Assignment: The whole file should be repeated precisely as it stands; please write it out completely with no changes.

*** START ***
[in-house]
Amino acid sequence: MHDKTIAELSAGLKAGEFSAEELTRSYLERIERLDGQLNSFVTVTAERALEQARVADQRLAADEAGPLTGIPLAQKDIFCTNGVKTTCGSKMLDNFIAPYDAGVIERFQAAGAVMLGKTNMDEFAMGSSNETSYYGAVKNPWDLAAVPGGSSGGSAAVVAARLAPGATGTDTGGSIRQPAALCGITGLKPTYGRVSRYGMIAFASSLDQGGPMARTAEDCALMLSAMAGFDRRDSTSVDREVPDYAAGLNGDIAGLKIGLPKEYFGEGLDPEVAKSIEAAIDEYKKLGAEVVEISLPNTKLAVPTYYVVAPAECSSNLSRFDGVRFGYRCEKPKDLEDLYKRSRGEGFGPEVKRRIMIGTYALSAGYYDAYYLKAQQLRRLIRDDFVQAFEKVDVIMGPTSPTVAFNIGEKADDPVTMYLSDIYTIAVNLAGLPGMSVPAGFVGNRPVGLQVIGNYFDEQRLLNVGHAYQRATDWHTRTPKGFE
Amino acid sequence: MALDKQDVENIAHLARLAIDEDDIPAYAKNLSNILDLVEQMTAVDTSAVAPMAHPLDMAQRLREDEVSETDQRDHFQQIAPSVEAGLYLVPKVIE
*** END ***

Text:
[in-house]
Amino acid sequence: MHDKTIAELSAGLKAGEFSAEELTRSYLERIERLDGQLNSFVTVTAERALEQARVADQRLAADEAGPLTGIPLAQKDIFCTNGVKTTCGSKMLDNFIAPYDAGVIERFQAAGAVMLGKTNMDEFAMGSSNETSYYGAVKNPWDLAAVPGGSSGGSAAVVAARLAPGATGTDTGGSIRQPAALCGITGLKPTYGRVSRYGMIAFASSLDQGGPMARTAEDCALMLSAMAGFDRRDSTSVDREVPDYAAGLNGDIAGLKIGLPKEYFGEGLDPEVAKSIEAAIDEYKKLGAEVVEISLPNTKLAVPTYYVVAPAECSSNLSRFDGVRFGYRCEKPKDLEDLYKRSRGEGFGPEVKRRIMIGTYALSAGYYDAYYLKAQQLRRLIRDDFVQAFEKVDVIMGPTSPTVAFNIGEKADDPVTMYLSDIYTIAVNLAGLPGMSVPAGFVGNRPVGLQVIGNYFDEQRLLNVGHAYQRATDWHTRTPKGFE
Amino acid sequence: MALDKQDVENIAHLARLAIDEDDIPAYAKNLSNILDLVEQMTAVDTSAVAPMAHPLDMAQRLREDEVSETDQRDHFQQIAPSVEAGLYLVPKVIE